Integrated Crop Management

Expect lots of bean leaf beetles in 2000

If you read the bean leaf beetle prediction [1] in the May 1 ICM newsletter, you'll know that winter mortality of this soybean pest is expected to be at a 12-year low. The result will be that we should have more bean leaf beetles this spring than during an average year. In fact, our predictions, based on summer population increases during the last several years coupled with the mild winter, are for the populations to be very large. Sweep samples taken from alfalfa fields in Ames on May 2 indicate that the beetles are extremely abundant; they should move to soybeans as soon as the plants germinate.

Bean leaf beetles look much like black-spotted yellow, brown, or brick red lady beetles. Unlike lady beetles, bean leaf beetles have a prominent black triangle at the front of the wing covers that points backward and most, but not all, have a series of rectangular spots on the wing covers. Adults occur in two color phases, red and yellow. Bean leaf beetles have the noticeable habit of abruptly dropping to the ground and scurrying into cracks and crevices when disturbed. Crop scouts need to approach infested plants carefully and watch for this behavior to estimate population size effectively.

[2] The yellow phase of the bean leaf beetle is the most common color variety.
[3] Some bean leaf beetles are red instead of yellow.

Bean leaf beetles are commonly found on alfalfa after emerging from their winter habitat. The beetles quickly move to soybeans; sometimes as soon as the bean plants crack the ground. This colonization of soybean is typical in Iowa, but because the overwintering bean leaf beetle population is usually low, beetles often are not obvious on young soybean plants. Bean leaf beetles feed on young, new tissue and can quickly cause noticeable defoliation on seedlings. But noticeable defoliation and economically significant defoliation are different. Early-season damage does not gain economic significance until cotyledons are lost and regrowth is suppressed by feeding activity.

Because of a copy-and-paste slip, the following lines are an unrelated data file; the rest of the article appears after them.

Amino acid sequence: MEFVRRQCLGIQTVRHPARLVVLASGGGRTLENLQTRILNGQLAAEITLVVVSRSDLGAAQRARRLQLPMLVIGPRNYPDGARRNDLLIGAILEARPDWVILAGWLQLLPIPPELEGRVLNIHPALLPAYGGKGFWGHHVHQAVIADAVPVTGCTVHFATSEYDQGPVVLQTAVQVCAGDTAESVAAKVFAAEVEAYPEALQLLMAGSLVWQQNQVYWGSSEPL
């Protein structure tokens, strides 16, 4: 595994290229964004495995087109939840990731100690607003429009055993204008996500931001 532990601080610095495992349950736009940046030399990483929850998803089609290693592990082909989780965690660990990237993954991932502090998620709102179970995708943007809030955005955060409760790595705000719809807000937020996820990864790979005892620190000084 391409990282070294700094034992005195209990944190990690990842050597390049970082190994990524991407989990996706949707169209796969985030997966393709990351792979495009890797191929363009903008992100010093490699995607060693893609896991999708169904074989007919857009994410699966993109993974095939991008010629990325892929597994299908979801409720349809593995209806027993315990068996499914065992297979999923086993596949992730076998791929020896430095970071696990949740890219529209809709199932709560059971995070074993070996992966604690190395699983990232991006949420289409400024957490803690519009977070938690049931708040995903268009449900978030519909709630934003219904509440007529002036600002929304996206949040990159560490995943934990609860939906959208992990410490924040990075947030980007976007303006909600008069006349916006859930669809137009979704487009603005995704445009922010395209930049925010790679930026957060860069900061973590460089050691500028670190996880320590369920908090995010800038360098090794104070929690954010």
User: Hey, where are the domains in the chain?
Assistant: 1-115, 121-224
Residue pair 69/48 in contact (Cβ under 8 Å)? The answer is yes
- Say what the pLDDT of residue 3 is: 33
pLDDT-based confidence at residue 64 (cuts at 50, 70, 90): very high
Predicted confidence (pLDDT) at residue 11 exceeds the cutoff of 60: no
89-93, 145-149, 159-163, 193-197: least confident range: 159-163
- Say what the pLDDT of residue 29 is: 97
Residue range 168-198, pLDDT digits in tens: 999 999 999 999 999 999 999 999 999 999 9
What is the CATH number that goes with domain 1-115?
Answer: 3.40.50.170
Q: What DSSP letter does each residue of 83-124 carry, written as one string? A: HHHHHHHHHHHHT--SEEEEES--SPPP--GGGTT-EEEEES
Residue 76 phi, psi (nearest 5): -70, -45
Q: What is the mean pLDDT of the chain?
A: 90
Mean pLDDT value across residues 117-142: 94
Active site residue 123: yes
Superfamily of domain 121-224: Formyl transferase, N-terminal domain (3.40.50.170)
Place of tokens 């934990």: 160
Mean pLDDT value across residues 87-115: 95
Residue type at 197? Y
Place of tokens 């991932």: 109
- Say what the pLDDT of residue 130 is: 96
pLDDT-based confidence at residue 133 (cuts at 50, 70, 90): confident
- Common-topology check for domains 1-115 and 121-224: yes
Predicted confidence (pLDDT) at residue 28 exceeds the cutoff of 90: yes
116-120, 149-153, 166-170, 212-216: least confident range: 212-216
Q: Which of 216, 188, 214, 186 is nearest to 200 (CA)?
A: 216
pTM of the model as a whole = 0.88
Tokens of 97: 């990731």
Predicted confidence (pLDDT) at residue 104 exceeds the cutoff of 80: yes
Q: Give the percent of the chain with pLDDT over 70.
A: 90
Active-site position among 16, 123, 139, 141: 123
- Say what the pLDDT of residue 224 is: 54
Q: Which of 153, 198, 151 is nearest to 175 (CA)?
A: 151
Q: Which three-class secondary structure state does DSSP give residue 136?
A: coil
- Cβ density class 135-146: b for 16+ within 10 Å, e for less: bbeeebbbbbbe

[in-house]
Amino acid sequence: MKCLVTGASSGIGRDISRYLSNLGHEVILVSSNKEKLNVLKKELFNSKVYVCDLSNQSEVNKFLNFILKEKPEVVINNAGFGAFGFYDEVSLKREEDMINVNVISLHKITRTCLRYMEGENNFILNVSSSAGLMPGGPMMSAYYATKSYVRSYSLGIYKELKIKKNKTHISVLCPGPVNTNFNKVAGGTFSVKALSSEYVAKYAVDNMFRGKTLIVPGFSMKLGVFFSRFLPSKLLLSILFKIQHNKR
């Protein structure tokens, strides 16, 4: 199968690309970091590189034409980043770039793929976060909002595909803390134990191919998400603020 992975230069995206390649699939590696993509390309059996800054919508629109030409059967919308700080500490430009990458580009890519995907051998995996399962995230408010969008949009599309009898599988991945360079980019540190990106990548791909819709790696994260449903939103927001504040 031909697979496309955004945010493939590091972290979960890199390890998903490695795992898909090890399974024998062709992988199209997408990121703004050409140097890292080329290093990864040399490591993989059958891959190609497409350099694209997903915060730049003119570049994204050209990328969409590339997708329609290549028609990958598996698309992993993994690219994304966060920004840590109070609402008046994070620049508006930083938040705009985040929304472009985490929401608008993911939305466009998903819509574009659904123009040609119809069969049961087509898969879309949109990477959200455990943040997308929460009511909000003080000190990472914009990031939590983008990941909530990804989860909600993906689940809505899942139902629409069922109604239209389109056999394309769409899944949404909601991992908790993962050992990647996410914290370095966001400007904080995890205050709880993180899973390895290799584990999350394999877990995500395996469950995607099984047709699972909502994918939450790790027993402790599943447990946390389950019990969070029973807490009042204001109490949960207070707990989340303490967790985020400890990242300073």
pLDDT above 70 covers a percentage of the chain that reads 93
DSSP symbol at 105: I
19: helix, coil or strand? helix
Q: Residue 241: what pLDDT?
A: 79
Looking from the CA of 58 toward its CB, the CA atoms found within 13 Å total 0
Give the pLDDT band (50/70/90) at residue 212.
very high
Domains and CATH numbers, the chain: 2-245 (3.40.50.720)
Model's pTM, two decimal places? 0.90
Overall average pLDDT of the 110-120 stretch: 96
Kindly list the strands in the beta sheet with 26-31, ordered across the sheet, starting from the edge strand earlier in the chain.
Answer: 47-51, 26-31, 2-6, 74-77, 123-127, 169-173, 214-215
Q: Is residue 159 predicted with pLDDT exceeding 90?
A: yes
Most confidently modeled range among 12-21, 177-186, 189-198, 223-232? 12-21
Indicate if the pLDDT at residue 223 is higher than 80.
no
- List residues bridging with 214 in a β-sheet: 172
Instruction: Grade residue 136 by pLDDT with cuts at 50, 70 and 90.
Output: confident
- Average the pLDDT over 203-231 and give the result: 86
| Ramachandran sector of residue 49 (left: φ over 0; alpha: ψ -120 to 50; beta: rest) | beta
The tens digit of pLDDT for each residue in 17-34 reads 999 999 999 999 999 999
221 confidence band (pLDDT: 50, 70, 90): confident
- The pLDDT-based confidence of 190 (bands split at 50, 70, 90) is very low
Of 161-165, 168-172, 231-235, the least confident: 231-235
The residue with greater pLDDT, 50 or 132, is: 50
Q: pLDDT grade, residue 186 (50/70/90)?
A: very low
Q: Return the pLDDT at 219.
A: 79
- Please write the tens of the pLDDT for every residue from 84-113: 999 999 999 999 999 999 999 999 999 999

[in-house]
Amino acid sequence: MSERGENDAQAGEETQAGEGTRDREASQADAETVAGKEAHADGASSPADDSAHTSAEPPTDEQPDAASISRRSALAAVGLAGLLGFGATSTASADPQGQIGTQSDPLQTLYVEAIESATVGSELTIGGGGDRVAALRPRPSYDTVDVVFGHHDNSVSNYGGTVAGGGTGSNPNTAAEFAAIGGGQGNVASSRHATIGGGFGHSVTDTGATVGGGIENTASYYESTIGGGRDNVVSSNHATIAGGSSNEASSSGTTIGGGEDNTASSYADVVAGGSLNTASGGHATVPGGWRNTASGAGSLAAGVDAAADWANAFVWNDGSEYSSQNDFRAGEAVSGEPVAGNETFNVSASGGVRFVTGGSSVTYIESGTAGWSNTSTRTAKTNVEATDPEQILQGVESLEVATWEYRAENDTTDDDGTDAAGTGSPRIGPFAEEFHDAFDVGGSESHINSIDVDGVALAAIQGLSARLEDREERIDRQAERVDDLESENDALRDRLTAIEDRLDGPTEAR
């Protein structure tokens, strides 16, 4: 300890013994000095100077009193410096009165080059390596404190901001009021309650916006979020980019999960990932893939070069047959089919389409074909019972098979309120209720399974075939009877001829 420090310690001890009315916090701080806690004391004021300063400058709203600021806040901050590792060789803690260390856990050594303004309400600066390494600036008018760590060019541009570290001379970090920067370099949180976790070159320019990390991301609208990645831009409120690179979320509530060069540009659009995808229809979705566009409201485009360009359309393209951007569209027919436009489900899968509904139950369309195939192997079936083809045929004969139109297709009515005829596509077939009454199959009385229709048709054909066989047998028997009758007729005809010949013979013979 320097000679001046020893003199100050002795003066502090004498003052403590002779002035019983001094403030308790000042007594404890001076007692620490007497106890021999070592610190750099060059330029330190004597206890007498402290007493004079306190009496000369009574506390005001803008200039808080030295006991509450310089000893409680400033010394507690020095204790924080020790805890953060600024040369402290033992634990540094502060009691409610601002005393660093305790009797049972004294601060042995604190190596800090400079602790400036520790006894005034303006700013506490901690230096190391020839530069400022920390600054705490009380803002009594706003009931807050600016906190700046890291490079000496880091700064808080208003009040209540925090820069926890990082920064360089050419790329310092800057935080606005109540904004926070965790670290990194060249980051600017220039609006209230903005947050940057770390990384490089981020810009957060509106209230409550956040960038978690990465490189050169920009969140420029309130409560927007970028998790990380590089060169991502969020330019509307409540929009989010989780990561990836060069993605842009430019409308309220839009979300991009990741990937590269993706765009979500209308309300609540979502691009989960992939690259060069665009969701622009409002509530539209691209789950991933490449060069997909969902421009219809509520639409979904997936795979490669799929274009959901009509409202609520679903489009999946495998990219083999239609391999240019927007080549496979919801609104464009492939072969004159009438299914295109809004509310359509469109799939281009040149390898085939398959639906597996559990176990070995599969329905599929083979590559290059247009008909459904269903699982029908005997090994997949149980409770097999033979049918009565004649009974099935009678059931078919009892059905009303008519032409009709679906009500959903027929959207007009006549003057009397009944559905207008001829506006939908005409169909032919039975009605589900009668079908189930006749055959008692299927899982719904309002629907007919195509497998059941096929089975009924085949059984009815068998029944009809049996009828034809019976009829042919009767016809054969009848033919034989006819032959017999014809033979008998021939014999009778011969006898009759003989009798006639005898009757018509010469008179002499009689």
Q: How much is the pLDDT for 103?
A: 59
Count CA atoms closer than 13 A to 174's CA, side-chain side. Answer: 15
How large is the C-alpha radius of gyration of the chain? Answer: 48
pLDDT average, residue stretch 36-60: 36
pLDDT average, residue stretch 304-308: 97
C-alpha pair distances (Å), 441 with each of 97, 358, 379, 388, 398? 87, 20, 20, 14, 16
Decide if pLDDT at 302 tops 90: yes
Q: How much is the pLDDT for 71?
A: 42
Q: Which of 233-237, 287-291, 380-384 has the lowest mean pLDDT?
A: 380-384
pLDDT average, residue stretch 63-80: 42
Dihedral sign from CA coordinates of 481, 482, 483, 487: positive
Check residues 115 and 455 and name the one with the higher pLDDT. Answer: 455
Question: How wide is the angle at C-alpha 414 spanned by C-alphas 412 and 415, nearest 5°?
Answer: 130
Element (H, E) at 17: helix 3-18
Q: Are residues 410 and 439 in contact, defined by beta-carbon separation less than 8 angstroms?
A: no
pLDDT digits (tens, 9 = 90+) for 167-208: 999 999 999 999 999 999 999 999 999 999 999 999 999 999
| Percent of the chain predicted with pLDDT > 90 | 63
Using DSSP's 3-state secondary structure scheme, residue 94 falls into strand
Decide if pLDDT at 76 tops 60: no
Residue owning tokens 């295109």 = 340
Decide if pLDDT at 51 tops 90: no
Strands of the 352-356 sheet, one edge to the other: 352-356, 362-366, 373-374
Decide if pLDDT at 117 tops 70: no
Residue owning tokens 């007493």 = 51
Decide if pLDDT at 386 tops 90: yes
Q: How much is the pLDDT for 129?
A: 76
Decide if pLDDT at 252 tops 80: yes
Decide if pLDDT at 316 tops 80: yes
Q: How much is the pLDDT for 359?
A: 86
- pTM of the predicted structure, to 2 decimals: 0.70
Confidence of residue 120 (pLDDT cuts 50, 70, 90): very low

Populations will probably be larger in 2000 than last year's populations. However, this does not mean that early-season economic damage will result. Economic damage requires huge populations of feeding adults, and treatments are not often justified. Table 1 shows the number of beetles per plant (or foot of row) needed to justify insecticide treatment (Table 2). Three or more beetles per plant rarely are documented but may be possible in local areas. Because of the high initial populations, late-season pod feeding may be a concern, but several environmental factors will play a role in the actual population density present by midsummer.

Table 1. Early-season bean leaf beetle economic thresholds in soybeans (beetles per plant).a

Cost of Treatment ($/Acre)
Market

Value ($/bu)
Growth Stage VC Growth Stage V1 Growth Stage V2
$6 $7 $8 $9 $10 $11 $6 $7 $8 $9 $10 $11 $6 $7 $8 $9 $10 $11
$5.00 2.4 2.8 3.2 3.6 4.0 4.4 3.7 4.4 5.0 5.6 6.2 6.8 5.9 6.8 7.8 8.8 9.8 10.7
$6.00 2.0 2.3 2.7 3.0 3.4 3.7 3.1 3.6 4.1 4.7 5.2 5.7 4.9 5.7 6.5 7.3 8.1 8.9

a For beetles per row-foot, multiply number by 7.6.

Table 2. Insecticides labeled for bean leaf beetle in soybeans.

Insecticide Amount/Acre Harvest

Interval (days)
Ambush 2EC* 3.2-6.4 ounces 60
Asana XL* 4.8-9.6 ounces 21
Lorsban 4E 1-2 pints 28
Penncap-M* 2-3 pints 20
Pounce 3.2EC* 2-4 ounces 60
Sevin XLR Plus 1-2 pints 0
Warrior T* 1.92-3.2 ounces 45

* Restricted use insecticide.

This article originally appeared on pages 71-72 of the IC-484 (9) -- May 15, 2000 issue.


Source URL:
http://www.ipm.iastate.edu/ipm/icm//ipm/icm/2000/5-15-2000/lotsobeetles.html